Oh, the Joys of Raising a Toddler … On a Farm
Once spring rolls around, everyone I know is itching to get out to the barn, get the tractor into the fields and start a garden.
I’m no different, but this is my first spring to have a toddler on our dairy farm – an experience I don’t think I was totally prepared for as a new mom.
My son was born last year in February, and while he spent a lot of time outside last summer and fall, he was still very young and had no idea what was going on. Winter was simply miserable and he stayed inside all the time.
But now that the weather has broken, my son’s newest addition to his vocabulary is “OUTSIDE!” He’ll stand at the locked screen door, pounding and screaming to be let out. And now that he’s hit a little growth spurt, he can even reach the handle!
My darling little boy will unlock the door and quietly let himself onto the porch, no shoes, no coat, no hat. And then the door slams and he giggles as he runs for the calf hutches. I can’t even remember how many pairs of white socks are now stained brown and green.
But his antics don’t stop there. On his way to the barn, he typically encounters a small, friendly cat. I’m wondering just how long this cat’s friendliness is going to last when my son picks him up daily by the fur on his back and tosses him around. But “kitty,” as my son calls him, doesn’t seem to care about the abuse; he just comes back for more.
Now, we’re off to the calf hutches, typically still without shoes on. My boy just loves Mickey – a spring Holstein calf who’s as friendly as they come. My boy and Mickey will exchanges kisses through the fence, he’ll let her suck on his fingers, and when Mickey gets excited and starts kicking her feet in the air, my son normally lets out a big belly laugh – which I need to get on video at some point.
By now, my mom (his daily childcare provider) or myself has caught up to the little toddlering monster and forced him to put shoes on – a daily battle in itself.
Next stop, the “middle heifer” pen – a group of around a dozen show heifers that are, of course, spoiled rotten. Rolo, a winter Jersey yearling, is the first to greet my boy as he climbs the gate. Rolo typically covers his face in slobbery kisses and gives him a new cow-licked hairdo.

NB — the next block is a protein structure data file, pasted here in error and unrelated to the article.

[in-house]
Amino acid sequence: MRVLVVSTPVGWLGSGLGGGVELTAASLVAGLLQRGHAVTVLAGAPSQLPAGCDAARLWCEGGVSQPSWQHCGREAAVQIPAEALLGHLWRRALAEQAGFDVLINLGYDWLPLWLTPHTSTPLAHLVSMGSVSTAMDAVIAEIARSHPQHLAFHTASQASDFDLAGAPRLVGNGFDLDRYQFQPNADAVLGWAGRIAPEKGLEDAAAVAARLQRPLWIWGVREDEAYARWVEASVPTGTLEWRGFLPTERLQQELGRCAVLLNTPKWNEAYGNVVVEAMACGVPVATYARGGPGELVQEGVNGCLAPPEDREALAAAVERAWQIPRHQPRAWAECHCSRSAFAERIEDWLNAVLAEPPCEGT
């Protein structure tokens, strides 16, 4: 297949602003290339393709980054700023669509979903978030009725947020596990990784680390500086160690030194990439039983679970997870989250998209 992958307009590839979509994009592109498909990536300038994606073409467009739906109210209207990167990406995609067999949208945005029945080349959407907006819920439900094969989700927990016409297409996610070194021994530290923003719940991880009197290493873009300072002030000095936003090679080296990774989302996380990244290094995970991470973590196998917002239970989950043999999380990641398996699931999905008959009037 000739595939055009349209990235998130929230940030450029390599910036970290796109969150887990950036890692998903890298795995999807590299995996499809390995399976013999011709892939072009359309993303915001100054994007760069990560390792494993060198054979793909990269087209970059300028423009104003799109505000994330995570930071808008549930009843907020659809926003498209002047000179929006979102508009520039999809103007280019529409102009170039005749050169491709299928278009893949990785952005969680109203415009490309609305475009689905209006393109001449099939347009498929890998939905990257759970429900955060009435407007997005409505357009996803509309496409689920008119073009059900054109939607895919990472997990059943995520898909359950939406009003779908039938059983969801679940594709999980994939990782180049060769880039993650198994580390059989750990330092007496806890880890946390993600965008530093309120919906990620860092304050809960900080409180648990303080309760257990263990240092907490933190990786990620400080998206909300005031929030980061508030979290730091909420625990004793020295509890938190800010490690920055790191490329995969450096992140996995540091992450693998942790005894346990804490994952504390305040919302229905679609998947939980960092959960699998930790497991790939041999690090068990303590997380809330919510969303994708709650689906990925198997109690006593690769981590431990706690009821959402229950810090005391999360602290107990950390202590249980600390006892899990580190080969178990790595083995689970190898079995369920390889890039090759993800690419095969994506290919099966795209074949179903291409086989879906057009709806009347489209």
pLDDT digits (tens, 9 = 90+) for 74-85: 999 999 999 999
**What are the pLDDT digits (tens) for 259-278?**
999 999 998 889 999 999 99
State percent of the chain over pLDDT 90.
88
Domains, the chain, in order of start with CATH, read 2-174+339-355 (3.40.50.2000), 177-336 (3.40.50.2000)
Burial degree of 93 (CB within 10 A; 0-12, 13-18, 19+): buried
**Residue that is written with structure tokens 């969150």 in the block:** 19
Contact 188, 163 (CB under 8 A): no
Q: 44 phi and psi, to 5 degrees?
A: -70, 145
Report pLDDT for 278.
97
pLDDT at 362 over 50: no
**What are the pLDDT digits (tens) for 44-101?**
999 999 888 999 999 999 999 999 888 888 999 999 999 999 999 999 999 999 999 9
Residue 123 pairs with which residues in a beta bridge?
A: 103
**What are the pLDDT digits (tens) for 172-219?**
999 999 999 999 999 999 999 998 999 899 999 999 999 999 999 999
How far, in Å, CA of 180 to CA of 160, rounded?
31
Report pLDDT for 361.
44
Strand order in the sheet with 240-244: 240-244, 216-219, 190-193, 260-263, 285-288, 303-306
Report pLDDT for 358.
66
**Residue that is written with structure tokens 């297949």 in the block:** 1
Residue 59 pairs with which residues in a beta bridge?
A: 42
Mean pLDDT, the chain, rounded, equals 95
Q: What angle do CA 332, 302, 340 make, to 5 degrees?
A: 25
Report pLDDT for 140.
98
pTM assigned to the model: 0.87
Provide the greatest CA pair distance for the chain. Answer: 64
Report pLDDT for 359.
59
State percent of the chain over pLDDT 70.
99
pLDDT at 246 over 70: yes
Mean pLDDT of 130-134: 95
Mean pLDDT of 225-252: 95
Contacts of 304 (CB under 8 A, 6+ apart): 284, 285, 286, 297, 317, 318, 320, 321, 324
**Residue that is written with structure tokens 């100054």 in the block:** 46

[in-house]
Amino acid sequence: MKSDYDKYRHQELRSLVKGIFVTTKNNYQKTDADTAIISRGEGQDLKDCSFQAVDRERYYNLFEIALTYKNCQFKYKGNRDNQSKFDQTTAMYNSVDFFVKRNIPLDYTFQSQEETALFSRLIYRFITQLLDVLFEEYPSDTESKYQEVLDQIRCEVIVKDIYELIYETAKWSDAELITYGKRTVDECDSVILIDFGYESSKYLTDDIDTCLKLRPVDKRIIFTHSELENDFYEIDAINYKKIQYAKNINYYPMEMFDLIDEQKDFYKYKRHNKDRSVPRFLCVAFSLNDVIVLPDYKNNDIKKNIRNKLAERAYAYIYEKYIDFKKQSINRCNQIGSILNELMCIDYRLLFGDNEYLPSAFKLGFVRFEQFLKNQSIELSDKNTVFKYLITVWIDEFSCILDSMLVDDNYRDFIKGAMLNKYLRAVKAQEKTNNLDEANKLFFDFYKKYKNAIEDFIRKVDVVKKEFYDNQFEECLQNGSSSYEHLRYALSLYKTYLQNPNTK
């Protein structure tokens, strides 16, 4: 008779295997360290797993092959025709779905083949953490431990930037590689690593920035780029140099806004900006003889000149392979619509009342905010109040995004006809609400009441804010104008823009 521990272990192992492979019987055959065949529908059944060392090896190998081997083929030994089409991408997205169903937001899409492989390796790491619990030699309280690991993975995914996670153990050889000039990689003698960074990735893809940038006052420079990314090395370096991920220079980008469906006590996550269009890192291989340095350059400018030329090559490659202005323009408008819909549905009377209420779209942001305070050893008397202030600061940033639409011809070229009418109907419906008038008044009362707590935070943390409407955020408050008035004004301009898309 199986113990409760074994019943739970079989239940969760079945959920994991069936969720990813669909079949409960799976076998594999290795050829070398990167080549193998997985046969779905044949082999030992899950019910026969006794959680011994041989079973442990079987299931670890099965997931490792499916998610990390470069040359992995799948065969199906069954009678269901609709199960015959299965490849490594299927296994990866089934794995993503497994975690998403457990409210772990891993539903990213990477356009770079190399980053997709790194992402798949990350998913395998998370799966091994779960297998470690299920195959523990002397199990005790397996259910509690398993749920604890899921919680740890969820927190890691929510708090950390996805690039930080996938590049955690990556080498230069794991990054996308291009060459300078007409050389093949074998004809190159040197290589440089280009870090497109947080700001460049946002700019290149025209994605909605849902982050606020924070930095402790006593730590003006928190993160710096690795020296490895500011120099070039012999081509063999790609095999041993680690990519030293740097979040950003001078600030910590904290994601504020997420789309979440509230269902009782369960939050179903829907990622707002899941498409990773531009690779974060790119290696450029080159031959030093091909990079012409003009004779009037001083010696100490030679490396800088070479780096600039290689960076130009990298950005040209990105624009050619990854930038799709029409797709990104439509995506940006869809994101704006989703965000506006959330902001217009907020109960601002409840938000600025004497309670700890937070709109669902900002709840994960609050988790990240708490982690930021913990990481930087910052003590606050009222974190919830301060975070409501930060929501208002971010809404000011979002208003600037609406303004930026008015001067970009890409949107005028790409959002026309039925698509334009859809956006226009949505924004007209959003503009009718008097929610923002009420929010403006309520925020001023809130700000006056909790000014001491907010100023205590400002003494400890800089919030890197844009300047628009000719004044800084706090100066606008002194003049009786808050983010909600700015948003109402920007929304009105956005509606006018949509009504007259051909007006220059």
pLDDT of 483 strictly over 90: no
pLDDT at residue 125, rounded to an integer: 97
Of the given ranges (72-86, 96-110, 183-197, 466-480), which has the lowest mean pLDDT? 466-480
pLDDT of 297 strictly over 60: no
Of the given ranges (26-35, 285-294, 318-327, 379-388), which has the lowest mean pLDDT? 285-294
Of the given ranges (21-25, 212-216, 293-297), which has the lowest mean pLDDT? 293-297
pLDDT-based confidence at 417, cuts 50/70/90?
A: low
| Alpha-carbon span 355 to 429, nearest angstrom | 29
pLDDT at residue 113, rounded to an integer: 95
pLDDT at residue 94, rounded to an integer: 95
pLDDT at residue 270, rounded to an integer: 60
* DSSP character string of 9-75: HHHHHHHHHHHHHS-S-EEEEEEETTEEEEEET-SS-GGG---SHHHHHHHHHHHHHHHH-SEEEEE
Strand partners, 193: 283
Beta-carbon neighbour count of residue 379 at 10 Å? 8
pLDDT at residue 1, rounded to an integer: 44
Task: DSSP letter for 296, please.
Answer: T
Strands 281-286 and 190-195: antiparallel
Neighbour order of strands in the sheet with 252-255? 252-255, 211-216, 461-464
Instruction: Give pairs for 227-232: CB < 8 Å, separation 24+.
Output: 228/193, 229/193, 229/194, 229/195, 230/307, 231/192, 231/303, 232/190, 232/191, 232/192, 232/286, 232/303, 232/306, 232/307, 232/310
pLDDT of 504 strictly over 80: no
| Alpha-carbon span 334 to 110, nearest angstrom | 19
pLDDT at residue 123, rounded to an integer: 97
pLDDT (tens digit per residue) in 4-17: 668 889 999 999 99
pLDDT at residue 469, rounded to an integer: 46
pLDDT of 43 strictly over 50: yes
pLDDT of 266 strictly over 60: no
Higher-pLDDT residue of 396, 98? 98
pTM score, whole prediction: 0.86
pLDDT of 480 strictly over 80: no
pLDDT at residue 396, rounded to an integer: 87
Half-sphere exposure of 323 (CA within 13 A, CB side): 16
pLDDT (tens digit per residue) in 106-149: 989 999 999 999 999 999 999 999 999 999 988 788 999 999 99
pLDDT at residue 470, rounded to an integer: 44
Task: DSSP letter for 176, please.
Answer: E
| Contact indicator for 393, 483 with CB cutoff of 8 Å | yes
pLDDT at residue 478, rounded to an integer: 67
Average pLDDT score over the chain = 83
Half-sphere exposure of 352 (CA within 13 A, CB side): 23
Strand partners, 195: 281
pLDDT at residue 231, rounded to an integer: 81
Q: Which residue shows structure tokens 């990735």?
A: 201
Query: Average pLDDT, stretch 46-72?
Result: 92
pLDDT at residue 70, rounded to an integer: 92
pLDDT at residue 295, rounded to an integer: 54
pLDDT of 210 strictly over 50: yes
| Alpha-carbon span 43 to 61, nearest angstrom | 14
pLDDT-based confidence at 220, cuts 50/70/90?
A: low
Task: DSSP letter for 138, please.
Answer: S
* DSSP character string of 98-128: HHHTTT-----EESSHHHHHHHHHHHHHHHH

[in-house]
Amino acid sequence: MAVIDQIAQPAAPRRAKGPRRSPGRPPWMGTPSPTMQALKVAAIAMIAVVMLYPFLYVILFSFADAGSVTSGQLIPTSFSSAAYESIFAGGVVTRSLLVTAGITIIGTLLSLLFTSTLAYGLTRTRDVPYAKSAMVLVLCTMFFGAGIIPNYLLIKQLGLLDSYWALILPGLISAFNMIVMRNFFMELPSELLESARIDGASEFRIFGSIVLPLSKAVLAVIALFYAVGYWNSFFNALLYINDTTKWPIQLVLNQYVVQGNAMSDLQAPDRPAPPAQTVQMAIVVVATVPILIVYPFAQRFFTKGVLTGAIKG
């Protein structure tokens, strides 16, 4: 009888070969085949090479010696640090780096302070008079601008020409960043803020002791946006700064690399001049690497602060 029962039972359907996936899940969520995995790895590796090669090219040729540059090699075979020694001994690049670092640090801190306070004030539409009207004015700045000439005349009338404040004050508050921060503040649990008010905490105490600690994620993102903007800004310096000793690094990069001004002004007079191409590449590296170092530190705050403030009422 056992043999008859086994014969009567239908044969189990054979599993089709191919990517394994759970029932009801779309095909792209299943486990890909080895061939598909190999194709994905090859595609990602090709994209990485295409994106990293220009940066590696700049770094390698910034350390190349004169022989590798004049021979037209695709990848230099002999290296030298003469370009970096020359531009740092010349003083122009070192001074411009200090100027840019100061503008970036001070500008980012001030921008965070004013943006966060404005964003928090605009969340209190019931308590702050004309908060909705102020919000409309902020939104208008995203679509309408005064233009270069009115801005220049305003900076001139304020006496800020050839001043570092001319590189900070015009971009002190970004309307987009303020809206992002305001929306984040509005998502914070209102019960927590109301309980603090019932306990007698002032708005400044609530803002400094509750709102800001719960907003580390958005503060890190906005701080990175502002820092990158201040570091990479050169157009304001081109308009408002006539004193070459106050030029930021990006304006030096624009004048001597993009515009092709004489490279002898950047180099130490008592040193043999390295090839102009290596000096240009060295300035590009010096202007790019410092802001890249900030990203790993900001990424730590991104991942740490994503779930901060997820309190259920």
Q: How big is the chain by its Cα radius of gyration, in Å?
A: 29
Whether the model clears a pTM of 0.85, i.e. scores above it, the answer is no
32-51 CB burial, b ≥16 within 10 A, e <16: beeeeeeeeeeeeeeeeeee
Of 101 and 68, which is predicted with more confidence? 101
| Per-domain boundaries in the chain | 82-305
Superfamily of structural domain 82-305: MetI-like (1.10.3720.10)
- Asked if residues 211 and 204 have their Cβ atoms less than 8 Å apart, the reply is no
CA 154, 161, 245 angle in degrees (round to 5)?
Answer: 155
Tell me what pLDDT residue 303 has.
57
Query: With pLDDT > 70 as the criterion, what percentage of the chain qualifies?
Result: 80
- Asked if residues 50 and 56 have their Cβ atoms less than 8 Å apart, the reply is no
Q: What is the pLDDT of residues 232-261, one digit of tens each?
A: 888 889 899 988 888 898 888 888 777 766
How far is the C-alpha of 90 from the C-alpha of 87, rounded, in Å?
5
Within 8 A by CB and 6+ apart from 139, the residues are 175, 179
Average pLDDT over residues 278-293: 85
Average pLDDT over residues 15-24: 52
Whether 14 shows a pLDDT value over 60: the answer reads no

There are even times when my son feels the need to taste-test the manure, or “poo” as he refers to it. The first time he took a walk to the barn this spring, the very fist thing he touched was two fistfuls of manure and both handfuls went in the mouth. Being a farm kid myself, I didn’t get all that worked up. Yes, it’s disgusting. Yes, there could be health complications. But having done this a time or two myself as a child – and my siblings did it too – and having survived, we all just had a good laugh and washed my son off with the hose.
Moving along his daily, often multiples times a day, walk to the barn, my little monster normally bypasses the largest heifers for the weaned calf pen. But one particular day a few weeks ago proved to hold a new and exciting discovery in the barnyard – mud puddles!
Initially not noticing the puddle, he put one foot down and noticed something wasn’t right. Since grandma didn’t say no, he put the second foot in. And it splashed! Needless to say, he thought this was awesome and covered himself in muddy water.
He never did make it to the weaned calf pen that day.
While raising my son on our family dairy farm is a dream come true, I’m sure there will be many more laughs, tears and stories to be shared over the years. I hope to use this “mom blog” as an avenue to document my growing son’s adventures on the farm, as well as the challenges I’m sure to face trying to balance my life – mom, dairy farm wife, full-time Lancaster Farming employee, daughter and sister.
- Jessica Rose Spangler, market editor